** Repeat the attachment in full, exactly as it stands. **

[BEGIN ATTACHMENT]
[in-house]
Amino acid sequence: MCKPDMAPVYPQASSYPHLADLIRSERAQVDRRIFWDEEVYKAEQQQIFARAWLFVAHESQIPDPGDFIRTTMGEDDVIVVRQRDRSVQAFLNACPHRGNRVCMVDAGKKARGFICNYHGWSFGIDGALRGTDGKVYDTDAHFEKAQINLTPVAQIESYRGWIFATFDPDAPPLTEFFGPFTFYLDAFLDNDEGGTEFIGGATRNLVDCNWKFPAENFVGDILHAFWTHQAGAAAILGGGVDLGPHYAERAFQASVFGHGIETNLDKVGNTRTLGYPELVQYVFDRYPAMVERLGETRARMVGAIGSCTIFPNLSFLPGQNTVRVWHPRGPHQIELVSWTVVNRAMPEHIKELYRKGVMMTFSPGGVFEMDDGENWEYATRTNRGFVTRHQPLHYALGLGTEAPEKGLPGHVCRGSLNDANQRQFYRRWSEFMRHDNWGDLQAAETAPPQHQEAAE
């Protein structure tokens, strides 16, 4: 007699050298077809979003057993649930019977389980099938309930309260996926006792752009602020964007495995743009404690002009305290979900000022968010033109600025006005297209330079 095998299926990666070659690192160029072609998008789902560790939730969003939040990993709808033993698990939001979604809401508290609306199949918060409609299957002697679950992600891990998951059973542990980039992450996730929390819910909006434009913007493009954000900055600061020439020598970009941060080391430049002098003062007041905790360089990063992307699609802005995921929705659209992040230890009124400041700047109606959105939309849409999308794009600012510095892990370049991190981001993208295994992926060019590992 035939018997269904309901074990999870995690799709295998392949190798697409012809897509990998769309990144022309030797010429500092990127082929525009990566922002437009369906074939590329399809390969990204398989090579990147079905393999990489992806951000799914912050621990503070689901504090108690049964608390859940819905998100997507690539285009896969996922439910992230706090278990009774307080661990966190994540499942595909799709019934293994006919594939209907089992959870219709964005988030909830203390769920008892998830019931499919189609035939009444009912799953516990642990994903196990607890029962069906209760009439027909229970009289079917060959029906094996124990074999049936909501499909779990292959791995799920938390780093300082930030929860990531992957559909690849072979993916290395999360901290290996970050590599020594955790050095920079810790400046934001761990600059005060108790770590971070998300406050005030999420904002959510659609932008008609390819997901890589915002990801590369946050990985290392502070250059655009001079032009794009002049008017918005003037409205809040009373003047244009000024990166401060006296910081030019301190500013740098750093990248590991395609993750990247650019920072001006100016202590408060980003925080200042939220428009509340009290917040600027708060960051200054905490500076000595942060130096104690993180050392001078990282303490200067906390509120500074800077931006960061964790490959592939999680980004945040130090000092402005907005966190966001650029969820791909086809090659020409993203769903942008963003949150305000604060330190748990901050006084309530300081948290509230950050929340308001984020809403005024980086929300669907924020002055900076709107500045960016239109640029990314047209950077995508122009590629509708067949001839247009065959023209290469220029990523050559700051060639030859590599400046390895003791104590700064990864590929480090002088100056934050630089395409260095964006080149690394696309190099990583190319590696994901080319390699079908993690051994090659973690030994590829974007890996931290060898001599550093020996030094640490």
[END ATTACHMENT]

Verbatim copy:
[in-house]
Amino acid sequence: MCKPDMAPVYPQASSYPHLADLIRSERAQVDRRIFWDEEVYKAEQQQIFARAWLFVAHESQIPDPGDFIRTTMGEDDVIVVRQRDRSVQAFLNACPHRGNRVCMVDAGKKARGFICNYHGWSFGIDGALRGTDGKVYDTDAHFEKAQINLTPVAQIESYRGWIFATFDPDAPPLTEFFGPFTFYLDAFLDNDEGGTEFIGGATRNLVDCNWKFPAENFVGDILHAFWTHQAGAAAILGGGVDLGPHYAERAFQASVFGHGIETNLDKVGNTRTLGYPELVQYVFDRYPAMVERLGETRARMVGAIGSCTIFPNLSFLPGQNTVRVWHPRGPHQIELVSWTVVNRAMPEHIKELYRKGVMMTFSPGGVFEMDDGENWEYATRTNRGFVTRHQPLHYALGLGTEAPEKGLPGHVCRGSLNDANQRQFYRRWSEFMRHDNWGDLQAAETAPPQHQEAAE
């Protein structure tokens, strides 16, 4: 007699050298077809979003057993649930019977389980099938309930309260996926006792752009602020964007495995743009404690002009305290979900000022968010033109600025006005297209330079 095998299926990666070659690192160029072609998008789902560790939730969003939040990993709808033993698990939001979604809401508290609306199949918060409609299957002697679950992600891990998951059973542990980039992450996730929390819910909006434009913007493009954000900055600061020439020598970009941060080391430049002098003062007041905790360089990063992307699609802005995921929705659209992040230890009124400041700047109606959105939309849409999308794009600012510095892990370049991190981001993208295994992926060019590992 035939018997269904309901074990999870995690799709295998392949190798697409012809897509990998769309990144022309030797010429500092990127082929525009990566922002437009369906074939590329399809390969990204398989090579990147079905393999990489992806951000799914912050621990503070689901504090108690049964608390859940819905998100997507690539285009896969996922439910992230706090278990009774307080661990966190994540499942595909799709019934293994006919594939209907089992959870219709964005988030909830203390769920008892998830019931499919189609035939009444009912799953516990642990994903196990607890029962069906209760009439027909229970009289079917060959029906094996124990074999049936909501499909779990292959791995799920938390780093300082930030929860990531992957559909690849072979993916290395999360901290290996970050590599020594955790050095920079810790400046934001761990600059005060108790770590971070998300406050005030999420904002959510659609932008008609390819997901890589915002990801590369946050990985290392502070250059655009001079032009794009002049008017918005003037409205809040009373003047244009000024990166401060006296910081030019301190500013740098750093990248590991395609993750990247650019920072001006100016202590408060980003925080200042939220428009509340009290917040600027708060960051200054905490500076000595942060130096104690993180050392001078990282303490200067906390509120500074800077931006960061964790490959592939999680980004945040130090000092402005907005966190966001650029969820791909086809090659020409993203769903942008963003949150305000604060330190748990901050006084309530300081948290509230950050929340308001984020809403005024980086929300669907924020002055900076709107500045960016239109640029990314047209950077995508122009590629509708067949001839247009065959023209290469220029990523050559700051060639030859590599400046390895003791104590700064990864590929480090002088100056934050630089395409260095964006080149690394696309190099990583190319590696994901080319390699079908993690051994090659973690030994590829974007890996931290060898001599550093020996030094640490």